Has School Choice Been All It Set Out to Be?

Source: Alan Greenblatt, Governing, May 2016

School choice is having its glass-half-full moment. On the one hand, the various choice options — vouchers, charter schools, home schooling, tuition scholarship programs, open enrollment within districts — have grown enormously over the past decade. Once choice is available, there’s no denying its popularity. Waiting lists for charter schools are common. … On the other hand, proponents of choice say that the better they do in terms of improved test scores, high enrollment and reducing long waiting lists, the more pushback they encounter. People who run and support charter schools contend that traditional school districts and teachers unions use every tactic at their disposal, from political and legal battles to simply hogging school buildings and buses, as part of the ongoing effort to beat them down. … As to measuring the record of accomplishment, it’s not a simple matter. Choice supporters and opponents continually accuse the other side of cherry-picking numbers that overstate the benefits or drawbacks of their own approach. It’s easy to find a study showing that vouchers, for instance, have no effect on test scores, or that kids in voucher programs end up doing worse in reading or math. You can also find a study that demonstrates the exact opposite. … In response to complaints that people have already lost faith, public school supporters respond that charters and other choice options are being pushed by big-money foundations, as well as corporations out to make money by siphoning off per-pupil spending. Programs such as ESAs are seen as giveaways to parents who would be sending their kids to private schools anyway. Private schools and charters can “cream” off their choice of applicants, while old-fashioned neighborhood schools — which have to keep their doors open to all comers — are left to deal with a population of less-motivated parents and often struggling students. …

Related:

State money helping wealthier Arizona kids go to private schools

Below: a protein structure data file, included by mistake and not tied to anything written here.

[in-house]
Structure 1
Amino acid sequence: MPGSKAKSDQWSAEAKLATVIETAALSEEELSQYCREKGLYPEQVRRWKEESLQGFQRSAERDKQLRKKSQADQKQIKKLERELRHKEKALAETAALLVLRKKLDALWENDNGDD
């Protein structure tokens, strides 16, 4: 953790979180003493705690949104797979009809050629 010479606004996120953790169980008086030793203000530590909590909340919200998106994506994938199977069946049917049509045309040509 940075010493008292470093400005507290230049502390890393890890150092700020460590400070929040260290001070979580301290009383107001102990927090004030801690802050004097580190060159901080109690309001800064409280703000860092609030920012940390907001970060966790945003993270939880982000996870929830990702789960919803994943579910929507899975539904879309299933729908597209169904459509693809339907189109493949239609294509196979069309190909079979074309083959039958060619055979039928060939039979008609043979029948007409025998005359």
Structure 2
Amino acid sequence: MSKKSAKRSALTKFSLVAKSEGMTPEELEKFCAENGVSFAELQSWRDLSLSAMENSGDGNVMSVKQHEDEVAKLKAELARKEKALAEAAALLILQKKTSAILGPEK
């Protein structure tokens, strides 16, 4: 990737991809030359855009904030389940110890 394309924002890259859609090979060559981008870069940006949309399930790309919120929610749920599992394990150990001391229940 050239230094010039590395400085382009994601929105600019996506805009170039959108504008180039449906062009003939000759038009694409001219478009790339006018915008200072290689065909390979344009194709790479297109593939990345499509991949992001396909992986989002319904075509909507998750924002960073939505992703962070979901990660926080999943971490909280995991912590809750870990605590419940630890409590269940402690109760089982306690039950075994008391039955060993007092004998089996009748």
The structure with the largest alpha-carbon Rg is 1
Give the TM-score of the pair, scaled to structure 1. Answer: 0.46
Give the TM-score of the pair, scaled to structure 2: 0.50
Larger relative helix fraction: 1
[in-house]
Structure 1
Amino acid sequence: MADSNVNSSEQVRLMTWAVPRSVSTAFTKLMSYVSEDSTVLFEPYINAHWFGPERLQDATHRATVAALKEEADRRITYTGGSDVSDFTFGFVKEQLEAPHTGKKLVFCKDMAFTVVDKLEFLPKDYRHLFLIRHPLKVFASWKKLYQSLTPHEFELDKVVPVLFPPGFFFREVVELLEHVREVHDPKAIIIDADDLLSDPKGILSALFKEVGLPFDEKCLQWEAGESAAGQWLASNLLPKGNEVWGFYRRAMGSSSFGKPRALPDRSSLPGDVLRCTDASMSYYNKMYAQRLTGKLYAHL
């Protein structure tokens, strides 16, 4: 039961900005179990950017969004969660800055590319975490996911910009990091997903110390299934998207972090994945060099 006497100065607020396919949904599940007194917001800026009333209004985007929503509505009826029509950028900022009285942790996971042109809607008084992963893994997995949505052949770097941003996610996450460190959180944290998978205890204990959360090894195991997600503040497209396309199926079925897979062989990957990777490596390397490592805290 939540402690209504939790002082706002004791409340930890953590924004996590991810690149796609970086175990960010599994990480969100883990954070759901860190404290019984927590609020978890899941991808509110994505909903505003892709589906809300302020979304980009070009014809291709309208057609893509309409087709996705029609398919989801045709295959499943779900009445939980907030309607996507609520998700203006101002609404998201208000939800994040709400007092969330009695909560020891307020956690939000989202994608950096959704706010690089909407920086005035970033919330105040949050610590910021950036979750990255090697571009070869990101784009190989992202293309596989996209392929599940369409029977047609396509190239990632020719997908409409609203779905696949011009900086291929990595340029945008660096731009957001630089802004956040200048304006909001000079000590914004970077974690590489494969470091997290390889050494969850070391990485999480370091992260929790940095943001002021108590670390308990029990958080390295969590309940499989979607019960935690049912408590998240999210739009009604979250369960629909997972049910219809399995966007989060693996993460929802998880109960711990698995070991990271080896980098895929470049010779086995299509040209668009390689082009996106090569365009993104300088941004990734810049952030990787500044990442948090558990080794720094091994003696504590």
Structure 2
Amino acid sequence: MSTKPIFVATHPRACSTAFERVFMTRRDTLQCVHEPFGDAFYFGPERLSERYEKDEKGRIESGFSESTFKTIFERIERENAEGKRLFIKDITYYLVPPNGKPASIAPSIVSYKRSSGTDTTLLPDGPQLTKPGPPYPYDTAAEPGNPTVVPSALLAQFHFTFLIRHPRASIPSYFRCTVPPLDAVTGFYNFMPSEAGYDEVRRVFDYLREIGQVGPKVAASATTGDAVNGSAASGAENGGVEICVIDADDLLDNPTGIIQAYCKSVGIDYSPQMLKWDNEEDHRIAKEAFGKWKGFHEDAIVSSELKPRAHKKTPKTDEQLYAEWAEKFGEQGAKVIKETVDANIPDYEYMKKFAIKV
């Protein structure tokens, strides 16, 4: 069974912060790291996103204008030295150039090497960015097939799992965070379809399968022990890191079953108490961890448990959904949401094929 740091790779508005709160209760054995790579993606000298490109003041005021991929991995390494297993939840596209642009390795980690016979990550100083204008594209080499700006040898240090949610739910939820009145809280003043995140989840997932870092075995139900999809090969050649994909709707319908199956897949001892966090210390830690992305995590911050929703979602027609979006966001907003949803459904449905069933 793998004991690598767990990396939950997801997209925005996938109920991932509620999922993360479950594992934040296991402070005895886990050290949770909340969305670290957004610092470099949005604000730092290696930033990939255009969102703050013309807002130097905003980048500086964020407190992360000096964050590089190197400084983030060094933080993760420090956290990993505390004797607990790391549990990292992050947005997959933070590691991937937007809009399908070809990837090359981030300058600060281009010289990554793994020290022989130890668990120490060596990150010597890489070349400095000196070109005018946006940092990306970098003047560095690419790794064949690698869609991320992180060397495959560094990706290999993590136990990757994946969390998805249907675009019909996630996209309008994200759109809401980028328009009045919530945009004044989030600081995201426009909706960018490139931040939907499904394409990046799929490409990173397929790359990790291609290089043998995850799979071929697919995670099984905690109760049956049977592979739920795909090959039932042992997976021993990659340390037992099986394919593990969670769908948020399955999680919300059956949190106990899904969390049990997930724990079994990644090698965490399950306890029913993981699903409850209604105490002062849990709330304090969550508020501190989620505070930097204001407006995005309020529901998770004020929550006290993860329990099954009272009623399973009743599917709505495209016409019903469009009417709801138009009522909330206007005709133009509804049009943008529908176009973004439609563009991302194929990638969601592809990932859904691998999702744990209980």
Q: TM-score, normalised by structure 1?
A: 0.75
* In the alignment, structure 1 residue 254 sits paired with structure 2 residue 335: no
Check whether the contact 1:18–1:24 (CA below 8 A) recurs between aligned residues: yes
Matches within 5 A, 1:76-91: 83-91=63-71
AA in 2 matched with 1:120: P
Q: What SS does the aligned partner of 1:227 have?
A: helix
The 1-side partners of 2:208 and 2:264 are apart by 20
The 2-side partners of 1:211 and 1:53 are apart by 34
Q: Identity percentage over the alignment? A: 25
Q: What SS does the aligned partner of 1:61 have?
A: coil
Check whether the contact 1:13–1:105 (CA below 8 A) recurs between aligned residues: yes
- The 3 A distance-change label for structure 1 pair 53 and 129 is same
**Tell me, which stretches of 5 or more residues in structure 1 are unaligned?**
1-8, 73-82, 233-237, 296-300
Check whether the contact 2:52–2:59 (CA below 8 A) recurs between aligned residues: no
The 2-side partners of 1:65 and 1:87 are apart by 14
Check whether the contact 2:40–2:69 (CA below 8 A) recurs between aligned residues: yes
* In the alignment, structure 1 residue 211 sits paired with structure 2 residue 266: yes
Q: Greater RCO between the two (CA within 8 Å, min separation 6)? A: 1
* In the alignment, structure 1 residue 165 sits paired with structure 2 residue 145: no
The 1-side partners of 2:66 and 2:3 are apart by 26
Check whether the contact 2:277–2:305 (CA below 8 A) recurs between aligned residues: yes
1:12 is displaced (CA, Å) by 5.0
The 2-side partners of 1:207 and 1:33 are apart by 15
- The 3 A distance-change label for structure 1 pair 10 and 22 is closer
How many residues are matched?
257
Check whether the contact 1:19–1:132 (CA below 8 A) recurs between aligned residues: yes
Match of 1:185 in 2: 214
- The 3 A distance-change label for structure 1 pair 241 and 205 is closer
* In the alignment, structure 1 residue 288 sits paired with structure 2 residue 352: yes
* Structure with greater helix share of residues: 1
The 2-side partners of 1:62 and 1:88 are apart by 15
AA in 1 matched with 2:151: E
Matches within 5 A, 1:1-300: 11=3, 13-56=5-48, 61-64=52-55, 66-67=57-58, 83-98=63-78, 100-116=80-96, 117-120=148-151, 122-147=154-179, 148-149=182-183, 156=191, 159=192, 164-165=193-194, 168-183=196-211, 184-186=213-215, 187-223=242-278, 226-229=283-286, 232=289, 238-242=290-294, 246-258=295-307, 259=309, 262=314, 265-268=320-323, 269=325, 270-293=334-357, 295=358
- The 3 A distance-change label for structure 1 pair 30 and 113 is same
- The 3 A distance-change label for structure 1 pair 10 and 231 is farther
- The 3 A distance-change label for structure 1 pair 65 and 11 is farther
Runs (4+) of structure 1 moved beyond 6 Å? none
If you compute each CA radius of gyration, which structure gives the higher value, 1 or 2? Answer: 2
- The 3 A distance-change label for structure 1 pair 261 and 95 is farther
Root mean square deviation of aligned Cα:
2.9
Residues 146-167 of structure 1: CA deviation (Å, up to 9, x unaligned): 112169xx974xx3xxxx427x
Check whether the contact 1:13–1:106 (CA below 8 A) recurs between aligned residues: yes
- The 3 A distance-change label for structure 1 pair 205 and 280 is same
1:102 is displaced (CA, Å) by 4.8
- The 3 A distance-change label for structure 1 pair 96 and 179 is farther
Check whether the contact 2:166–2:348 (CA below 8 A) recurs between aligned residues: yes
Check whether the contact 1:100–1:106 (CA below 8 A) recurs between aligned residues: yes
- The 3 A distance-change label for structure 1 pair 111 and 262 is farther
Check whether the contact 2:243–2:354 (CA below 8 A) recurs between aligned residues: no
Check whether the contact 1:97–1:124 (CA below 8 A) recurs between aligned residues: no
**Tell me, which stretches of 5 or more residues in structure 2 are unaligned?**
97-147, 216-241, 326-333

Source: Rob O’Dell and Yvonne Wingett Sanchez, The Republic, February 24, 2016

Two years after state lawmakers granted children from poor-performing schools the right to attend private schools at taxpayer expense, most children using the program are leaving high-performing public schools in wealthy districts, an analysis by The Arizona Republic has found. … Lawmakers are now considering allowing all public-school students to use ESAs by 2020. The Senate voted 17-13 Monday to expand the program to all public-school students. The House of Representatives was scheduled to debate on the bill Wednesday morning but held it, a sign that it might not have the votes needed to advance.

Divisive Arizona school plan advances in Legislature / Bills divert more funds from public to private schools
Source: Alia Beard Rau and Karen Schmidt, The Republic, March 11, 2014

The Arizona Legislature will soon decide whether to dramatically expand the state’s nation-leading efforts to give parents control over where to spend their child’s taxpayer-generated education funds. The state’s Empowerment Scholarship Account program was, at the start of this school year, scheduled to disperse $10.2 million to 761 students. If expanded as proposed, the 3-year-old program could within the next five years apply to more than 28,000 students and strip more than $374 million a year from public and charter schools, based on the current average cost….

Court backs Arizona on use of taxpayer-funded ‘scholarships’ to send kids to private schools
Source: Howard Fischer, Capitol Media Services, October 1, 2013

State lawmakers are free to give parents what amounts to a voucher of public funds to educate their children at any private or parochial school they want, the Arizona Court of Appeals ruled today. In a unanimous ruling, the judges rejected arguments by the Arizona Education and others that providing funds that wind up in the hands of religious schools violates a state constitutional provision barring public funds from being used for religious worship or instruction. Judge Jon Thompson, writing for the court, said the fact that it is the parents who decide the use of the funds, designated as “empowerment scholarship accounts,” makes who ultimately gets the dollars irrelevant.